Topic Glimpse: Distributed Issue Tracking

One topic that’s been getting explored off and on for the last half-decade is distributed issue tracking. The idea is that, with distributed version control systems like Git and Mercurial, maybe it’d be a good idea to also store your issue records (bugs and feature requests) in a decentralized fashion.

The two main upsides to this idea are:

  1. You can work with the bug database while disconnected, just like git/hg/bzr/etc. allow you to do with your other project resources.
  2. The status of a bug (open, fixed, wontfix, etc.) can be automatically kept on a per-branch basis, so you never need to worry about keeping track of which version of the code has which status for each bug.

However, there is a fairly large downside: It’s much more difficult to handle things that should be global, like discussion and keeping track of whether a given person has claimed a bug.

Personally, given that many similar arguments were made for staying with centralized version control software like Subversion, I think the idea has more potential than it might seem, but like any decentralized system, it’ll take a lot of time, effort, and PR work before it will be ready for prime-time.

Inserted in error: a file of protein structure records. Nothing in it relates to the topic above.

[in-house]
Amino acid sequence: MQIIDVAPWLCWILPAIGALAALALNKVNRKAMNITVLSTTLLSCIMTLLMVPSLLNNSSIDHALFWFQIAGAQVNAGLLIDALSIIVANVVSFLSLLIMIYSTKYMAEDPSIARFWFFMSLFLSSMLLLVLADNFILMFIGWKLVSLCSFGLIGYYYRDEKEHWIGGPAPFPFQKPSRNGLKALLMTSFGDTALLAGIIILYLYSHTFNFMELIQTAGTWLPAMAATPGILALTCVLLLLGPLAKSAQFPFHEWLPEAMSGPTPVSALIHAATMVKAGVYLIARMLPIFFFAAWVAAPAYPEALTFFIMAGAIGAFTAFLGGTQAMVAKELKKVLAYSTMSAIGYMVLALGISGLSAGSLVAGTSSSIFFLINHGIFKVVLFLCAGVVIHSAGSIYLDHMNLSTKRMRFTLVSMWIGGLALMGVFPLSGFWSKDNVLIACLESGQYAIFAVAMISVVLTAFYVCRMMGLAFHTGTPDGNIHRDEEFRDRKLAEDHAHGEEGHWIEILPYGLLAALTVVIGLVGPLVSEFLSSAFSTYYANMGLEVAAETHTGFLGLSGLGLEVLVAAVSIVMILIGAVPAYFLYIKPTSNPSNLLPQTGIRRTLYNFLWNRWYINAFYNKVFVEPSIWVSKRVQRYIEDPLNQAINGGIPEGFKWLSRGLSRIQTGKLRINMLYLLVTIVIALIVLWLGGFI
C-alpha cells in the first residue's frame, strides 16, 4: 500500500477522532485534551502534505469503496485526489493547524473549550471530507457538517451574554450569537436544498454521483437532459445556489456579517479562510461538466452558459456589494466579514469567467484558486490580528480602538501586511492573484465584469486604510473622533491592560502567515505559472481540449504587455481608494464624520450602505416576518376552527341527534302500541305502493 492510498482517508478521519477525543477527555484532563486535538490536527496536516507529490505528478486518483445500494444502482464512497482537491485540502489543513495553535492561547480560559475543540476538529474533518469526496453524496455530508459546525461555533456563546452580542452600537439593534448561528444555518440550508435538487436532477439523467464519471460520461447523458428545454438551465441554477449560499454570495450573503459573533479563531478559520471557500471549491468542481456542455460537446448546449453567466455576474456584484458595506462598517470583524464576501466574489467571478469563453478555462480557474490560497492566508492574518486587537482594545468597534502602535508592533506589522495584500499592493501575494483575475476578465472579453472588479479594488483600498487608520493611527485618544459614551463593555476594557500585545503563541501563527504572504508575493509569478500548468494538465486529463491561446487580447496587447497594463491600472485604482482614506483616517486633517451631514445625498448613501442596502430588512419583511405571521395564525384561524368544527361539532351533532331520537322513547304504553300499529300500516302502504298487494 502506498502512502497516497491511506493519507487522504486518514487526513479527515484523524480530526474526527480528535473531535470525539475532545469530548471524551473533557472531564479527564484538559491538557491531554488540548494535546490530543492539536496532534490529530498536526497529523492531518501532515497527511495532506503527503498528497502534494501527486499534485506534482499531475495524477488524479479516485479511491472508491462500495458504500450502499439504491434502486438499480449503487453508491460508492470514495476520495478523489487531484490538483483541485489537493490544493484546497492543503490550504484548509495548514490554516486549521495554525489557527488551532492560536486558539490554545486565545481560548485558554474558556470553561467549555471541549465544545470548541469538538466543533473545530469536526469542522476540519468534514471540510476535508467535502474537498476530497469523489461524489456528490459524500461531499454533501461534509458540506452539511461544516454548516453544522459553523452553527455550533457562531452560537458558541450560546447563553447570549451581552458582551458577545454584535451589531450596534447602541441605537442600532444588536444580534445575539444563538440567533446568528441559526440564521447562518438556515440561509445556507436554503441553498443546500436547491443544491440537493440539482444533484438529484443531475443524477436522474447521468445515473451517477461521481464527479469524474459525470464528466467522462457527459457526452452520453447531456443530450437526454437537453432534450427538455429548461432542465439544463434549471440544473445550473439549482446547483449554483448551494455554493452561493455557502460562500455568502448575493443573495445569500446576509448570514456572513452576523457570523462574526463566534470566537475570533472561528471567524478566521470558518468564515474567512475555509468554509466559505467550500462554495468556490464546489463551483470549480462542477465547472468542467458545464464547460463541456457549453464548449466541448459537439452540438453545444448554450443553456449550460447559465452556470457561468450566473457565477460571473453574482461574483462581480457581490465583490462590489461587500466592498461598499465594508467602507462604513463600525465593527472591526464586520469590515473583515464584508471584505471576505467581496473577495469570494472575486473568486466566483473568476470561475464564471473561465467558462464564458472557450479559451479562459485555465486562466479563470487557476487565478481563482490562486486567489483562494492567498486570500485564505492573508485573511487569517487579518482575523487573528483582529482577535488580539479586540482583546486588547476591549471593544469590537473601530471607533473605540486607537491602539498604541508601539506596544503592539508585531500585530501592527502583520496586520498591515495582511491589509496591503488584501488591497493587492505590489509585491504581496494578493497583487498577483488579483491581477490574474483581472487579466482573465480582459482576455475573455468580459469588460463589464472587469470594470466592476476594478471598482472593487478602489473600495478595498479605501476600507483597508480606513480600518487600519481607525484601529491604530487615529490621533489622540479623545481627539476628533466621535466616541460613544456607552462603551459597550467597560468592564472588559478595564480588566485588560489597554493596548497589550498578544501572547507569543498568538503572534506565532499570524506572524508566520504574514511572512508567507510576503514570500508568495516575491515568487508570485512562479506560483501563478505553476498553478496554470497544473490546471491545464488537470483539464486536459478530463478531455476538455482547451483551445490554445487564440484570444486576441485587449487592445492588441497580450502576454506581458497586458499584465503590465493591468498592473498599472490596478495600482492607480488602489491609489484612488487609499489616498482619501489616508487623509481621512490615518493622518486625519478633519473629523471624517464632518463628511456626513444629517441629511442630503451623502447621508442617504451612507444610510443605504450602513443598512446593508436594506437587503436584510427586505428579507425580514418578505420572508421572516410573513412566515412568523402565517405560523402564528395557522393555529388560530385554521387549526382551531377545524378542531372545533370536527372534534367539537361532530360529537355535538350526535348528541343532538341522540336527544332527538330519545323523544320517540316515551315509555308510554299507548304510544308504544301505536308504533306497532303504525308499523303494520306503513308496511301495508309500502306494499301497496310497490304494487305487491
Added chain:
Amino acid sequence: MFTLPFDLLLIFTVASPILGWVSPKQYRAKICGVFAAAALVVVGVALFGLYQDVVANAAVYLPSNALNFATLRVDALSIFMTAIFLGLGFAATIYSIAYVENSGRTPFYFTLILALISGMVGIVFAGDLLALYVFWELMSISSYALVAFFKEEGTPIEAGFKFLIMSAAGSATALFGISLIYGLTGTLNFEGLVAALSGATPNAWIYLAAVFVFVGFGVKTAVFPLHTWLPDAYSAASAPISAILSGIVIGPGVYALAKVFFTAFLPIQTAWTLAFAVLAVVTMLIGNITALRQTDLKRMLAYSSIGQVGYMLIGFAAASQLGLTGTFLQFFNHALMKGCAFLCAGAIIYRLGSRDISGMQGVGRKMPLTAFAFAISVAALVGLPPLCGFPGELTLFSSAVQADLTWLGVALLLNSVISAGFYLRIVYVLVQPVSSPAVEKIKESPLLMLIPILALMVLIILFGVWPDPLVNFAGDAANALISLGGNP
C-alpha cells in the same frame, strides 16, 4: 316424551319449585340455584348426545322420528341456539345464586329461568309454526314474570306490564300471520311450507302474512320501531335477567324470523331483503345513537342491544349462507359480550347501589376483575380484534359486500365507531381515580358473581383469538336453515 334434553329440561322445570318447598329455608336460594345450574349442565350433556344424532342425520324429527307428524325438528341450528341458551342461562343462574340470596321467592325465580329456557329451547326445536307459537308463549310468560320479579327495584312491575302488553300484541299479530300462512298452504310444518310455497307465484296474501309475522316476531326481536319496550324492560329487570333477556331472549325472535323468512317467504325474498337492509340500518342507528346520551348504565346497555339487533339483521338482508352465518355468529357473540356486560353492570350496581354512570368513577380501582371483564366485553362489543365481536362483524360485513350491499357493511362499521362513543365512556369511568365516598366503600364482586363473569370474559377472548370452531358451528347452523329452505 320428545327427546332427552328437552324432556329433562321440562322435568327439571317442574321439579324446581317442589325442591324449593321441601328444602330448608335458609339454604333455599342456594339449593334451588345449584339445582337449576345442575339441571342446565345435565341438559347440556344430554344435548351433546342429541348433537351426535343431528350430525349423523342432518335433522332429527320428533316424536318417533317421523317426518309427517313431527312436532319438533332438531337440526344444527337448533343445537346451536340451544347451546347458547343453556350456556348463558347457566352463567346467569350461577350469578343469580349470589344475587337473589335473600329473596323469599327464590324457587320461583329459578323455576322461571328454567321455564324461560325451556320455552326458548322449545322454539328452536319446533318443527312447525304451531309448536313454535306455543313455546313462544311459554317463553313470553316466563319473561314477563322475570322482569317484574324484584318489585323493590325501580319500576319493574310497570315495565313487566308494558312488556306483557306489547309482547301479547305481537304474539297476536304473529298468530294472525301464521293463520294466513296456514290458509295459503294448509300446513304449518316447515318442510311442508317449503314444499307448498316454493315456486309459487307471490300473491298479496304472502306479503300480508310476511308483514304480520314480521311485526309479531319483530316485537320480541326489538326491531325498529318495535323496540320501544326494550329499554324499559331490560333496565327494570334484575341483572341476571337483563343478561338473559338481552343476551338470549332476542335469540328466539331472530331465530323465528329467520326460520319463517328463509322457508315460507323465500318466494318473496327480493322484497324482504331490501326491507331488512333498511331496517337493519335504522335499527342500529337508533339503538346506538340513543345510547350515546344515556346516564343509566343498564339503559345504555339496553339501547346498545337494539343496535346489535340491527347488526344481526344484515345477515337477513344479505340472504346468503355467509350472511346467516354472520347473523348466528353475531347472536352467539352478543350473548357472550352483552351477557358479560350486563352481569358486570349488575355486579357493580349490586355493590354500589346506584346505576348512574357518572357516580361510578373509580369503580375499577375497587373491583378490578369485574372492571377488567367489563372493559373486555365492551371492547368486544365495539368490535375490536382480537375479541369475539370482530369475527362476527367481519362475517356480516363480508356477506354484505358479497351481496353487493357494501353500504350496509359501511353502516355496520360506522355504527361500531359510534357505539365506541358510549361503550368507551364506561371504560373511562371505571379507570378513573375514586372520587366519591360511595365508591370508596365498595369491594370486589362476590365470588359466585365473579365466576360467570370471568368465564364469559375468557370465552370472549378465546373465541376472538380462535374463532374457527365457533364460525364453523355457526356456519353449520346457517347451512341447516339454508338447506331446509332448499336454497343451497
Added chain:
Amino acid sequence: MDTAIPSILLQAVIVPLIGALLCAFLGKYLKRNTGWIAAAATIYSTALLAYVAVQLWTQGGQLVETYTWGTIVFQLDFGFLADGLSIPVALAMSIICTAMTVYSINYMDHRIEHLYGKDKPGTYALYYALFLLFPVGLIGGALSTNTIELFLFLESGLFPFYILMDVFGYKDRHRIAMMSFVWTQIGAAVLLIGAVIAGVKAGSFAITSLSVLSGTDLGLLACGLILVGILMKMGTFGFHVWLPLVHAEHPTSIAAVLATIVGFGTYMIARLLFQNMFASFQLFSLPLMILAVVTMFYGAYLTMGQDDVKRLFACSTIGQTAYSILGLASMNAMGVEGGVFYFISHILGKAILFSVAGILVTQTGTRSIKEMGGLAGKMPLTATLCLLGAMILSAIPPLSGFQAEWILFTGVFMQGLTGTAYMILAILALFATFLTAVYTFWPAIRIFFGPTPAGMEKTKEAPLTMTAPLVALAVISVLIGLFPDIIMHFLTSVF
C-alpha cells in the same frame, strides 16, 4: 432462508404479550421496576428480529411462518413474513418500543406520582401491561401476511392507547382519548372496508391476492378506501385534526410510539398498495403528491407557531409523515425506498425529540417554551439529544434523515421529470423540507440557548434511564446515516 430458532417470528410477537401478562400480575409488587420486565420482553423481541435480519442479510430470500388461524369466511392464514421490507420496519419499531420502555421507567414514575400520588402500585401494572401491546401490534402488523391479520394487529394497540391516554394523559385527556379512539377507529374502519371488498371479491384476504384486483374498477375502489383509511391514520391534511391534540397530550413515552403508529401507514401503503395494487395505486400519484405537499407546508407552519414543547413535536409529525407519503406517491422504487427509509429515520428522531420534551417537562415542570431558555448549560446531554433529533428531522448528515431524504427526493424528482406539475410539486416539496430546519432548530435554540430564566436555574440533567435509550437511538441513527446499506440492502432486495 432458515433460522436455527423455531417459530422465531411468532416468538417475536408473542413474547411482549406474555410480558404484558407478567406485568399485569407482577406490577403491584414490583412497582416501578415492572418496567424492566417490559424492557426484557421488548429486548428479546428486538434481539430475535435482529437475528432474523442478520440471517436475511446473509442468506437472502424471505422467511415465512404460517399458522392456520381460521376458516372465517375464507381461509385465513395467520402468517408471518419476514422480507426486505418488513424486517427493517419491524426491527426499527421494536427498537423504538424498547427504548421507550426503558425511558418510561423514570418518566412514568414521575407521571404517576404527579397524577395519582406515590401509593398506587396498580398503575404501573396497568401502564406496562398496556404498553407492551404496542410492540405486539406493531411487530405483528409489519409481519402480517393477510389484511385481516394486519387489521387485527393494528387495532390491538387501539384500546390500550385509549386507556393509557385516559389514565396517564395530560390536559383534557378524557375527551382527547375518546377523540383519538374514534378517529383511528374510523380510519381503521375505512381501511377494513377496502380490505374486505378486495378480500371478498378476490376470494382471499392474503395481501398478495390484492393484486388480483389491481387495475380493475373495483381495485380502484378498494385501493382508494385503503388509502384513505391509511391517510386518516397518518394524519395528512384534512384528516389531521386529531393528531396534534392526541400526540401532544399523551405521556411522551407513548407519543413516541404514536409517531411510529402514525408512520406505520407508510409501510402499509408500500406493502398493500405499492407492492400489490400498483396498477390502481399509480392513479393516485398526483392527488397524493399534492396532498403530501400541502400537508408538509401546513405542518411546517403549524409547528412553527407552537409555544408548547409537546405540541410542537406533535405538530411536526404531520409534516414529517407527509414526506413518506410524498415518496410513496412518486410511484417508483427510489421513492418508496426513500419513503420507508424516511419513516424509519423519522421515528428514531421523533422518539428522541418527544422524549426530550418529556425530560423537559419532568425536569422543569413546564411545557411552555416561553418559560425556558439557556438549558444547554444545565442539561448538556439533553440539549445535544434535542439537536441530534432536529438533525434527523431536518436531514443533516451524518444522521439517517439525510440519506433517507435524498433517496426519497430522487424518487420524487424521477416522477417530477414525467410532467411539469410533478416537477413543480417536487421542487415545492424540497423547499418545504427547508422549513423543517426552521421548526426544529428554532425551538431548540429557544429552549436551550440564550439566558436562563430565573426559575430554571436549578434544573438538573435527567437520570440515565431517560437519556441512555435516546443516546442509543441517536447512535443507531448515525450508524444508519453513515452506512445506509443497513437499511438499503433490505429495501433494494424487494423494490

Here are a few links if you’d like to start learning more:

Update 2014-04-29: You’ll probably also want to check out this StackOverflow Question.

Update 2014-04-30: …and this Current State of Distributed Issue Tracking blog post.

Update 2021-03-05: One of the issue trackers I remember when working on this post was Bugs Everywhere but, now, git-bug seems to be the most mature option, with support for import/export/sync with other issue trackers and a work-in-progress web UI of its own. Alternatively, there are also git-issue and bug.

Update 2021-09-03: Fedeproxy is an open-source service for synchronizing state between different services.

CC BY-SA 4.0 Topic Glimpse: Distributed Issue Tracking by Stephan Sokolow is licensed under a Creative Commons Attribution-ShareAlike 4.0 International License.

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